Autism is in the news, and it’s about time. On Monday, the Centers for Disease Control launched a new education initiative designed to educate parents of young children about the early signs of developmental disorders such as autism. Among mainstream print media, The New York Times is following this story closely, publishing more than two dozen articles on autism in the past six months. Newsweek has made autism the cover story of its latest issue. NBC News has devoted significant airtime this week to exploring every aspect of this disorder, with reports on “Today,” “Nightly News,” CNBC, MSNBC, Telemundo, the owned NBC stations, as well as on this news Web site. Autism has also been featured recently in entertainment shows such as “Without a Trace” and “Scrubs.”
Why the flurry of interest? Here’s a clue: 1 in 166. That’s the chance a baby born today will have autism. This represents a dramatic increase from a decade ago, when experts estimated the incidence rate to be 1 in 2,500.
What explains this sudden increase? No one knows for sure. What is clear, however, is that autism demands more public awareness, more understanding, and more funding, both private and public.
I know the people of NBC News take great pride in the work they have done this week in shedding light on the mystery of autism. I’m grateful for their efforts. I say this not only as the head of NBC Universal but also as someone who has a personal stake in this issue.
Last March, our grandson was diagnosed with autism. We have watched helplessly as an apparently normal toddler lost his ability to interact with the outside world. My wife, Suzanne, likens it to a kidnapping, as if someone has taken away the life he was meant to live. We all want nothing more than to have him back where he belongs, restored to his family.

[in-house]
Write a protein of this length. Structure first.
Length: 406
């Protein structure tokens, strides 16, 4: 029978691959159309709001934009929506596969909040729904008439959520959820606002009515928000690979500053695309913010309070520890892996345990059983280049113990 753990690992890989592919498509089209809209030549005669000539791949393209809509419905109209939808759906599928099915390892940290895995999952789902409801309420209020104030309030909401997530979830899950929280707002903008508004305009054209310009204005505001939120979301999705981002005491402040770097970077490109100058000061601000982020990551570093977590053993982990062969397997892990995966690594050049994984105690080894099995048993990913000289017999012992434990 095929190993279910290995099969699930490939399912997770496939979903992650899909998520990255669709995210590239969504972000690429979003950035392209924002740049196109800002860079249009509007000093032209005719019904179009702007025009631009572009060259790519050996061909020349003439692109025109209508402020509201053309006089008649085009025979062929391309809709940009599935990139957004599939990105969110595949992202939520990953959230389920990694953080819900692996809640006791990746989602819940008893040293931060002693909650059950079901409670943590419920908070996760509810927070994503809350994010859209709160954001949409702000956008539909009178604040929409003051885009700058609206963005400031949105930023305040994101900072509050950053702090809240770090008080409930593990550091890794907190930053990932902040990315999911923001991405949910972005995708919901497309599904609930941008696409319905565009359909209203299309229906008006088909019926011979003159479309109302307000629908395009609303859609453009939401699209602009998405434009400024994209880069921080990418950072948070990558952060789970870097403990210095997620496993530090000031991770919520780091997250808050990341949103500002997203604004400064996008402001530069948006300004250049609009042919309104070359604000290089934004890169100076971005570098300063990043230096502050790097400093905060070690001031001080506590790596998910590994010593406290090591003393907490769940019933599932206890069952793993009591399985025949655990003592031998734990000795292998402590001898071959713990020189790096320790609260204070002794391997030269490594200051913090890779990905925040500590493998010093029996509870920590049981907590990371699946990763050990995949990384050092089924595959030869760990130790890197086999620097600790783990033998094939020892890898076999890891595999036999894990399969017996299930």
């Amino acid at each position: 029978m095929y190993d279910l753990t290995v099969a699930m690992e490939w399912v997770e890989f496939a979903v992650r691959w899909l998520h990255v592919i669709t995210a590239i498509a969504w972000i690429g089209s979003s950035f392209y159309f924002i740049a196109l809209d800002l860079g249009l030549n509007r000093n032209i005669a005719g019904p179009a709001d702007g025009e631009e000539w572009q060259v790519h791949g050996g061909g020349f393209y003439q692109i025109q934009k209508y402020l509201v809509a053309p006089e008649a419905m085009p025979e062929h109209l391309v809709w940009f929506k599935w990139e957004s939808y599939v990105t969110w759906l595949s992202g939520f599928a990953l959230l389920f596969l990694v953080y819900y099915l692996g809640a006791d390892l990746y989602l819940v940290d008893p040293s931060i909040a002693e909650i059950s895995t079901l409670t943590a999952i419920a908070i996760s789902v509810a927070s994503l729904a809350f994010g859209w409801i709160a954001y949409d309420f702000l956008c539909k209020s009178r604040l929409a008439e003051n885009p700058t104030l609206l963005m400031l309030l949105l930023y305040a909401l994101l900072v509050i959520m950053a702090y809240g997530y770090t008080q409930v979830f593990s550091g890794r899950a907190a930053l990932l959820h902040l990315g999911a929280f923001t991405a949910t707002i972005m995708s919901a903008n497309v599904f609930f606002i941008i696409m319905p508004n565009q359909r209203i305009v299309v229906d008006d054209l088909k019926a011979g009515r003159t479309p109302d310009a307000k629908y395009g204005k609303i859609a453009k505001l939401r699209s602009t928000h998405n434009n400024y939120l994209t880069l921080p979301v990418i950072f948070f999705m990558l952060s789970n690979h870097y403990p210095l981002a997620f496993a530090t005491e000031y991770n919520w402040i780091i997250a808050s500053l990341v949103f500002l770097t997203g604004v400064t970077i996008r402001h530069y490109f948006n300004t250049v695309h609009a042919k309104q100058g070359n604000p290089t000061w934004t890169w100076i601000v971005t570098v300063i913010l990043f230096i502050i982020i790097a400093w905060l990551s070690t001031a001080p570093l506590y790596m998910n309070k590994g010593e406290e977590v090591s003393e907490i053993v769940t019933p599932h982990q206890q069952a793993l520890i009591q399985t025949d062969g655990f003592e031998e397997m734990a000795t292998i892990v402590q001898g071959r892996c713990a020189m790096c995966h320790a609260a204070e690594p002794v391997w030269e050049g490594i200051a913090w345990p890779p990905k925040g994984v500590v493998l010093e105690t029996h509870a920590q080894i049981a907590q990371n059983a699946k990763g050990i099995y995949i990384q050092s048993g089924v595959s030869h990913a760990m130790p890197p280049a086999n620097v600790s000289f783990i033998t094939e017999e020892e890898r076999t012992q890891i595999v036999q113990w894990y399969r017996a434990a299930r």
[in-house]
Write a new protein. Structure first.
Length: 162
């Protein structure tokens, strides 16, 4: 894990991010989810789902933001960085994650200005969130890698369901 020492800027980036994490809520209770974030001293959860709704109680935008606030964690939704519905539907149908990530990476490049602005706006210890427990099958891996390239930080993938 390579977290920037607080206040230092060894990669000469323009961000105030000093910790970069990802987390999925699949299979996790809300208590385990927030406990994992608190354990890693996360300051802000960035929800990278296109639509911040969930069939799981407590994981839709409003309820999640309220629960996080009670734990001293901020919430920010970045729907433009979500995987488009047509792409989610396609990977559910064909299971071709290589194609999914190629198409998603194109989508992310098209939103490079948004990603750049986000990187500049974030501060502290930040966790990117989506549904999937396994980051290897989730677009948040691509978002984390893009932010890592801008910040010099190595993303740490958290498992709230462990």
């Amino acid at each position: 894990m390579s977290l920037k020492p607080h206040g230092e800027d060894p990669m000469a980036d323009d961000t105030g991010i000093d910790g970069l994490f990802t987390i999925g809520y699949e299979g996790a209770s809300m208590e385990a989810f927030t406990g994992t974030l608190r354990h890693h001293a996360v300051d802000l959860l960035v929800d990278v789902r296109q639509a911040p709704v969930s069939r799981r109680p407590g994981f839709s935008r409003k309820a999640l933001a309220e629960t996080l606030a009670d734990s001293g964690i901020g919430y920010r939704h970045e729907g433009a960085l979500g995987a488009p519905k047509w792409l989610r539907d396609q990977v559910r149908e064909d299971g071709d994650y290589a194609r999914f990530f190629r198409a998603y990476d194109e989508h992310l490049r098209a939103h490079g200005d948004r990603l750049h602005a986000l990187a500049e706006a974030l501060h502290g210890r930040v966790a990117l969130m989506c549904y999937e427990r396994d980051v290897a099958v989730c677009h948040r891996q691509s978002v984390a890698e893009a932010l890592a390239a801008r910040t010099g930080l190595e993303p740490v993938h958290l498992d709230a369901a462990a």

Since the diagnosis, our family has been on a mission to learn all we could about autism, and help ensure our grandchild receives the best therapy and treatments available. Frankly, it’s been a difficult and frustrating challenge. We discovered, to our surprise, just how scarce the resources are for parents dealing with autism, and how thin the knowledge. We had so many questions, and instead of answers, we found a bewildering array of theories and guesses. We found it hard to believe that a disorder with the frequency of autism commands so little public attention and such meager resources devoted to research, compared to other, less common childhood disorders.
Autism is the most widely diagnosed developmental disability in the nation, yet autism research receives only $15 million per year from private sources, compared to more than $500 million for conditions like childhood cancers, muscular dystrophy, juvenile diabetes, and cystic fibrosis — all of which combined together are less common than autism.
To help close this gap in awareness and resources, we are announcing the launch of a new organization, Autism Speaks, devoted to educating the public about autism, facilitating and funding research, motivating private and governmental resources, and, ultimately, helping to find a cure for autism.
Autism Speaks is dedicated to helping families find answers. But neurological disorders are complex, and autism won’t yield its secrets without a struggle. One significant way Autism Speaks will help will be by spearheading the assembly of a large central database of children with autism that will provide, for the first time, the standardized medical records that researchers need to conduct accurate clinical trials. We believe this will facilitate the large-scale longitudinal studies and clinical trials that will help lead us to a cure.
Yes, I’m keeping my day job. But I also want my grandson back. So, for as long as it takes, Suzanne and I are going to be devoting whatever extra energy we can muster to helping Autism Speaks achieve its goals. Autism is a vexing puzzle. We are committed to finding the answers.
Bob Wright is the vice chairman of GE and chairman and CEO of NBC Universal, the parent company of NBC News. For more information about Autism Speaks, visit www.autismspeaks.org or call 1-888-AUTISM-5.
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